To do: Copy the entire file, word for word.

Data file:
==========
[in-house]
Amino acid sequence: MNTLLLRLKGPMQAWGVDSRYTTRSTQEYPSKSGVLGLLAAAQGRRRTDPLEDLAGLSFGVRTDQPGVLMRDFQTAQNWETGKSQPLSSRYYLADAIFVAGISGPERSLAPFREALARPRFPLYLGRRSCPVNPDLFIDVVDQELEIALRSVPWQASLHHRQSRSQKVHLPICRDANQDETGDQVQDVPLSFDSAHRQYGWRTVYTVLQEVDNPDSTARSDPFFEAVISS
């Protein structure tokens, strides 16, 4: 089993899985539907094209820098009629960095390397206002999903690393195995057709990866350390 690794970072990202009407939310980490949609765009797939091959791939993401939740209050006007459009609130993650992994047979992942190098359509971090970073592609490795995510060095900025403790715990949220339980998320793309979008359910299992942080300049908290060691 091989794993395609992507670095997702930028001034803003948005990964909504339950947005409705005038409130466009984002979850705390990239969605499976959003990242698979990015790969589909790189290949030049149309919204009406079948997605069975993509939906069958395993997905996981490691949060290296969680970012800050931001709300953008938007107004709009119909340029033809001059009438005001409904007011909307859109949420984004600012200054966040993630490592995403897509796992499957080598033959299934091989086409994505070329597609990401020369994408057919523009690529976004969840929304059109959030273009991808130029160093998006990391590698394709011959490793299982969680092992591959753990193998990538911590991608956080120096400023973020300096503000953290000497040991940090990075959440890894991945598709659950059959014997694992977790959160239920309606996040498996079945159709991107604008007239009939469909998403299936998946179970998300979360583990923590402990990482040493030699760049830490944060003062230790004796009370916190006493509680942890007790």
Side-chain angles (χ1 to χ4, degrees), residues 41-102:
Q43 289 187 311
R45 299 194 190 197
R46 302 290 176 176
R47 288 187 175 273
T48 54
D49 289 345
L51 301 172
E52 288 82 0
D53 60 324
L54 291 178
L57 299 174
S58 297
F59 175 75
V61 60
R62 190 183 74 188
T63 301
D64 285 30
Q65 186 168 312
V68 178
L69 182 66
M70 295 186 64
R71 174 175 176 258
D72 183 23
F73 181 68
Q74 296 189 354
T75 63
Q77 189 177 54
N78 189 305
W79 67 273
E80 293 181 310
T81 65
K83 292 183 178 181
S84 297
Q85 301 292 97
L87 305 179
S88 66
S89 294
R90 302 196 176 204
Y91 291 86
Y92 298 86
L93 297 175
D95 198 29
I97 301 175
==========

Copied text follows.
[in-house]
Amino acid sequence: MNTLLLRLKGPMQAWGVDSRYTTRSTQEYPSKSGVLGLLAAAQGRRRTDPLEDLAGLSFGVRTDQPGVLMRDFQTAQNWETGKSQPLSSRYYLADAIFVAGISGPERSLAPFREALARPRFPLYLGRRSCPVNPDLFIDVVDQELEIALRSVPWQASLHHRQSRSQKVHLPICRDANQDETGDQVQDVPLSFDSAHRQYGWRTVYTVLQEVDNPDSTARSDPFFEAVISS
């Protein structure tokens, strides 16, 4: 089993899985539907094209820098009629960095390397206002999903690393195995057709990866350390 690794970072990202009407939310980490949609765009797939091959791939993401939740209050006007459009609130993650992994047979992942190098359509971090970073592609490795995510060095900025403790715990949220339980998320793309979008359910299992942080300049908290060691 091989794993395609992507670095997702930028001034803003948005990964909504339950947005409705005038409130466009984002979850705390990239969605499976959003990242698979990015790969589909790189290949030049149309919204009406079948997605069975993509939906069958395993997905996981490691949060290296969680970012800050931001709300953008938007107004709009119909340029033809001059009438005001409904007011909307859109949420984004600012200054966040993630490592995403897509796992499957080598033959299934091989086409994505070329597609990401020369994408057919523009690529976004969840929304059109959030273009991808130029160093998006990391590698394709011959490793299982969680092992591959753990193998990538911590991608956080120096400023973020300096503000953290000497040991940090990075959440890894991945598709659950059959014997694992977790959160239920309606996040498996079945159709991107604008007239009939469909998403299936998946179970998300979360583990923590402990990482040493030699760049830490944060003062230790004796009370916190006493509680942890007790």
Side-chain angles (χ1 to χ4, degrees), residues 41-102:
Q43 289 187 311
R45 299 194 190 197
R46 302 290 176 176
R47 288 187 175 273
T48 54
D49 289 345
L51 301 172
E52 288 82 0
D53 60 324
L54 291 178
L57 299 174
S58 297
F59 175 75
V61 60
R62 190 183 74 188
T63 301
D64 285 30
Q65 186 168 312
V68 178
L69 182 66
M70 295 186 64
R71 174 175 176 258
D72 183 23
F73 181 68
Q74 296 189 354
T75 63
Q77 189 177 54
N78 189 305
W79 67 273
E80 293 181 310
T81 65
K83 292 183 178 181
S84 297
Q85 301 292 97
L87 305 179
S88 66
S89 294
R90 302 196 176 204
Y91 291 86
Y92 298 86
L93 297 175
D95 198 29
I97 301 175